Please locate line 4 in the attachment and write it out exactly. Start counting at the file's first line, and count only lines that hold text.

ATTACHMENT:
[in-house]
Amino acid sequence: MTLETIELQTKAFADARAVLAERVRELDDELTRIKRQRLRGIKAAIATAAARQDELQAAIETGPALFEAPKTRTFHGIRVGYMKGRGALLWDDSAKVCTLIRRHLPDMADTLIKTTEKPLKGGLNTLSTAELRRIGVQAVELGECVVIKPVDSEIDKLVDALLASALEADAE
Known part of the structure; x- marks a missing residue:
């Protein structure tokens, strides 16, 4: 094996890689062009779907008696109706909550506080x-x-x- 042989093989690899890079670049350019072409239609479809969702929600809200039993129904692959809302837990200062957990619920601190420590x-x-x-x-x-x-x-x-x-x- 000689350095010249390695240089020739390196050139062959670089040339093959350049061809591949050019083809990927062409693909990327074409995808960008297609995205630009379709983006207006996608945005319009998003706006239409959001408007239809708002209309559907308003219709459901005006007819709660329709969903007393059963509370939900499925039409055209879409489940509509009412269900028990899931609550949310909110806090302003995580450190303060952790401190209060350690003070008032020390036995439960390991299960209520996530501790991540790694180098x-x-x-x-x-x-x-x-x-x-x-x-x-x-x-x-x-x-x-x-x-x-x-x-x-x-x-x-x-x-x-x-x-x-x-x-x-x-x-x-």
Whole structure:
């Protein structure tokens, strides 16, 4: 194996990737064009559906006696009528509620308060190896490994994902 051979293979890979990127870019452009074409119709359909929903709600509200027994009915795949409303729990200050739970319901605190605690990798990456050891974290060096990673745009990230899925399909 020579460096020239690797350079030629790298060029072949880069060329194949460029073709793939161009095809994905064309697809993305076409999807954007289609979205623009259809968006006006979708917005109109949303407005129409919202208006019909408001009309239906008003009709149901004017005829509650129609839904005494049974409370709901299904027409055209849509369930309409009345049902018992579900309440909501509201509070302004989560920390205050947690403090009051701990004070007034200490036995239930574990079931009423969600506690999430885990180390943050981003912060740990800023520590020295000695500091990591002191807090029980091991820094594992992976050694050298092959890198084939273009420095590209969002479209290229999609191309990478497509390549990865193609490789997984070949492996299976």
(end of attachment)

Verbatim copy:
């Protein structure tokens, strides 16, 4: 094996890689062009779907008696109706909550506080x-x-x- 042989093989690899890079670049350019072409239609479809969702929600809200039993129904692959809302837990200062957990619920601190420590x-x-x-x-x-x-x-x-x-x- 000689350095010249390695240089020739390196050139062959670089040339093959350049061809591949050019083809990927062409693909990327074409995808960008297609995205630009379709983006207006996608945005319009998003706006239409959001408007239809708002209309559907308003219709459901005006007819709660329709969903007393059963509370939900499925039409055209879409489940509509009412269900028990899931609550949310909110806090302003995580450190303060952790401190209060350690003070008032020390036995439960390991299960209520996530501790991540790694180098x-x-x-x-x-x-x-x-x-x-x-x-x-x-x-x-x-x-x-x-x-x-x-x-x-x-x-x-x-x-x-x-x-x-x-x-x-x-x-x-």